Since the depressing events of January 20th, I have been thinking of Philip Roth’s alternative history novel The Plot Against America. Our would be dictator’s references to “America First” reminded me of the anti-Semitic, anti-immigrant, fascist movement championed by Nazi-loving Charles Lindbergh.
The famous American aviator Charles Lindbergh achieved notoriety with his record-setting 1927 transatlantic flight and became a staunch isolationist in the years prior to World War II. He was also a willing spokesman for ant-Semitic groups around the nation. He was the public face for the isolationist America First Committee, received an Order of the German Eagle award from Hermann Göring in 1938, and advocated a neutrality pact with Hitler as late as 1941.
In Philip Roth’s 2004 novel The Plot Against America, Lindbergh runs as a surprise Republican candidate in the 1940 presidential election. With strong support from Southern and Midwestern states, Lindbergh defeats FDR, then signs “understandings” with Nazi Germany and Imperial Japan that promise nonintervention in Europe and Asia.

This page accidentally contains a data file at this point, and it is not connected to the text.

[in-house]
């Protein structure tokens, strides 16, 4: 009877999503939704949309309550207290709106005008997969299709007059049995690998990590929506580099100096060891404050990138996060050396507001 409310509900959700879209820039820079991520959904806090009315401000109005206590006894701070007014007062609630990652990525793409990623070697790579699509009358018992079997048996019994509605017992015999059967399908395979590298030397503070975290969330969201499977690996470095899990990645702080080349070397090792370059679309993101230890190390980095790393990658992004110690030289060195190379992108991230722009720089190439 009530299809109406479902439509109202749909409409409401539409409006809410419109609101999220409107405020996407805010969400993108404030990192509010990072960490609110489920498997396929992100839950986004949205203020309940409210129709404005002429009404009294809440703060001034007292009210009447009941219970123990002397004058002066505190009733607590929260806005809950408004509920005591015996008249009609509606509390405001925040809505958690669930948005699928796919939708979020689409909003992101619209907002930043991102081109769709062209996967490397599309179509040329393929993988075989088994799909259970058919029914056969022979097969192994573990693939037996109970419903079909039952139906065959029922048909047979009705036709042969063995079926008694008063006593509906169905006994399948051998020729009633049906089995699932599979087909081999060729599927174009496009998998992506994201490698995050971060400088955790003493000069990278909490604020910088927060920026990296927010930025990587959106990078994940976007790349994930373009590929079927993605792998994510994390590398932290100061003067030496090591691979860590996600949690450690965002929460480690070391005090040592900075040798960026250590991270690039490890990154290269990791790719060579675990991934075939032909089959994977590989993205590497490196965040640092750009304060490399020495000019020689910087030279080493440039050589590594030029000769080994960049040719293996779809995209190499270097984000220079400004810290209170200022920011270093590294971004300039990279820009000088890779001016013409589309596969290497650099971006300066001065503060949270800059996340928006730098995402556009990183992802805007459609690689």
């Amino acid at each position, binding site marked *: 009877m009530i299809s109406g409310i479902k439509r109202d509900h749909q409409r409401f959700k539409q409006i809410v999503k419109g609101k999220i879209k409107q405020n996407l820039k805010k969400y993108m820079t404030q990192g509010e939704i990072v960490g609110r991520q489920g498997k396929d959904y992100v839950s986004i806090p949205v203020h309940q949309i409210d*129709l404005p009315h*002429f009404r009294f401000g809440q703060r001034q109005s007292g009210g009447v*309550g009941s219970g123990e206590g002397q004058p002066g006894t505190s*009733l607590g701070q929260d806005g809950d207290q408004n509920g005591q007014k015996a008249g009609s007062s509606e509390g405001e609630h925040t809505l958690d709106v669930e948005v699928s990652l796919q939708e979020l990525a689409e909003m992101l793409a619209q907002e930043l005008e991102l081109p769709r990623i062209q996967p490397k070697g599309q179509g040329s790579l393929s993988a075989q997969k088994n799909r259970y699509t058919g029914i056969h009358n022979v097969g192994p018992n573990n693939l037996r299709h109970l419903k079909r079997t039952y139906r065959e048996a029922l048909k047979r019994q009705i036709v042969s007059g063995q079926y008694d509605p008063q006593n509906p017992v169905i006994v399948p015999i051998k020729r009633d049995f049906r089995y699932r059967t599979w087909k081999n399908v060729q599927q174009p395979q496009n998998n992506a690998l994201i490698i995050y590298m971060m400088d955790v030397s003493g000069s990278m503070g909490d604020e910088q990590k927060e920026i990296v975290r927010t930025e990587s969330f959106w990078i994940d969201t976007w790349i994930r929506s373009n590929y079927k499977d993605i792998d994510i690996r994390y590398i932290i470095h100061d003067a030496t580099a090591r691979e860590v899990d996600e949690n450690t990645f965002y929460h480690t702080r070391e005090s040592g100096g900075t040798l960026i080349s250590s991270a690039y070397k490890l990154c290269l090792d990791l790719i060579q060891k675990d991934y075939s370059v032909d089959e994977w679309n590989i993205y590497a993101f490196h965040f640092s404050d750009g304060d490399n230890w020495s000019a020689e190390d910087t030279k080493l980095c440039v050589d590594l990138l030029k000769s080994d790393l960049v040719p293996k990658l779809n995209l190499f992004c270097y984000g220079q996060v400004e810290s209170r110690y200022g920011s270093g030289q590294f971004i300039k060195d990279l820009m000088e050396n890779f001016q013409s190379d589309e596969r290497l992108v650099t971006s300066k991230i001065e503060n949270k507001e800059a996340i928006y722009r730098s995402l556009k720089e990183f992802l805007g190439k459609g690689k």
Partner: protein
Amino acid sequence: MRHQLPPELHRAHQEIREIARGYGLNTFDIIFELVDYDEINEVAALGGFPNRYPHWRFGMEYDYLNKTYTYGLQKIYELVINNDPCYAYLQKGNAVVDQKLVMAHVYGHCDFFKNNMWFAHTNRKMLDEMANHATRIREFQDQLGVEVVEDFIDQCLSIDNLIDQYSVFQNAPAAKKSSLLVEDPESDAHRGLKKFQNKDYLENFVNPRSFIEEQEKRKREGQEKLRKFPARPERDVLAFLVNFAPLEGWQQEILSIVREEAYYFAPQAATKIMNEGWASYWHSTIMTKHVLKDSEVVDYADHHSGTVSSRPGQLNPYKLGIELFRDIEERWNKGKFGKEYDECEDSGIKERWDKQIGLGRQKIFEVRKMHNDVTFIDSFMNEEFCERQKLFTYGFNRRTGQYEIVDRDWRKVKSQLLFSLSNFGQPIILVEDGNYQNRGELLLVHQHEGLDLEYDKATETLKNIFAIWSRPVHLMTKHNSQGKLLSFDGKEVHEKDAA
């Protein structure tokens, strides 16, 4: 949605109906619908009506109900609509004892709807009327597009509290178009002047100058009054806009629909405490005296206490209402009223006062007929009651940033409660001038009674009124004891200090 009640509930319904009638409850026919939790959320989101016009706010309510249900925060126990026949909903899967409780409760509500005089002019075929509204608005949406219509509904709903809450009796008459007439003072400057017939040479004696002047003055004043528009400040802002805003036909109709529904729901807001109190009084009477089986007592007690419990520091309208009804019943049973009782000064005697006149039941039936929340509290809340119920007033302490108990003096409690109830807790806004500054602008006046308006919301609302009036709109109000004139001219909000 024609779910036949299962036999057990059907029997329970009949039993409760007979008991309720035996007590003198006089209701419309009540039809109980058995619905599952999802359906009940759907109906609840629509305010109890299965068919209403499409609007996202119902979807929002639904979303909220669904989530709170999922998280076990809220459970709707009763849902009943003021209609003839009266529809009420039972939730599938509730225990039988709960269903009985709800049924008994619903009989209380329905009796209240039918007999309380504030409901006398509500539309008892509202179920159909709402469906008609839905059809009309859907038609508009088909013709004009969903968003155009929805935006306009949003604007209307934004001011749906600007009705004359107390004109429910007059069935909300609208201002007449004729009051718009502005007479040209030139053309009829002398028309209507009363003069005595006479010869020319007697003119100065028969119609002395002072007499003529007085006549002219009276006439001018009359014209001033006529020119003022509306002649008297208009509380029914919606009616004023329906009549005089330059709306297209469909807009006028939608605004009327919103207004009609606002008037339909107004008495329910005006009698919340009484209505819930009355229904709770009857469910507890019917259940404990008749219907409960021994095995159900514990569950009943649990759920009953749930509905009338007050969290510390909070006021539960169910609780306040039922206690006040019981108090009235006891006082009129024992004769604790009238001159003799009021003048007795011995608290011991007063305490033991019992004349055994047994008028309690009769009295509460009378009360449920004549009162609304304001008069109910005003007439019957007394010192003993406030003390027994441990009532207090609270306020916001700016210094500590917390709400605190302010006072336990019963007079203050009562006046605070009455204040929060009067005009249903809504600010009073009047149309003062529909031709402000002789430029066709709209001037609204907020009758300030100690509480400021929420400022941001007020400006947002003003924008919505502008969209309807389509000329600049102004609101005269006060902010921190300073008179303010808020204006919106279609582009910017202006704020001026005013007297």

Roth uses his autobiographical setting of Newark, N.J., where his Jewish family is threatened by this nightmarish turn in U.S. politics. Anti-Semitism sweeps the country, with Jewish children forcibly removed to the Midwest to “Americanize” them, leading Jewish citizens arrested and violence spreading in the U.S. cities. Roth’s actual experiences with American anti-Semitism in the 30s and 40s give The Plot Against America a frightening basis in reality. The novel also serves as a portrait of the calamitous possibilities lurking in election surprises.
If you haven’t read the book yet, it’s a chilling and foreboding glimpse of the alternative reality that is enveloping the U.S. and threatening the world.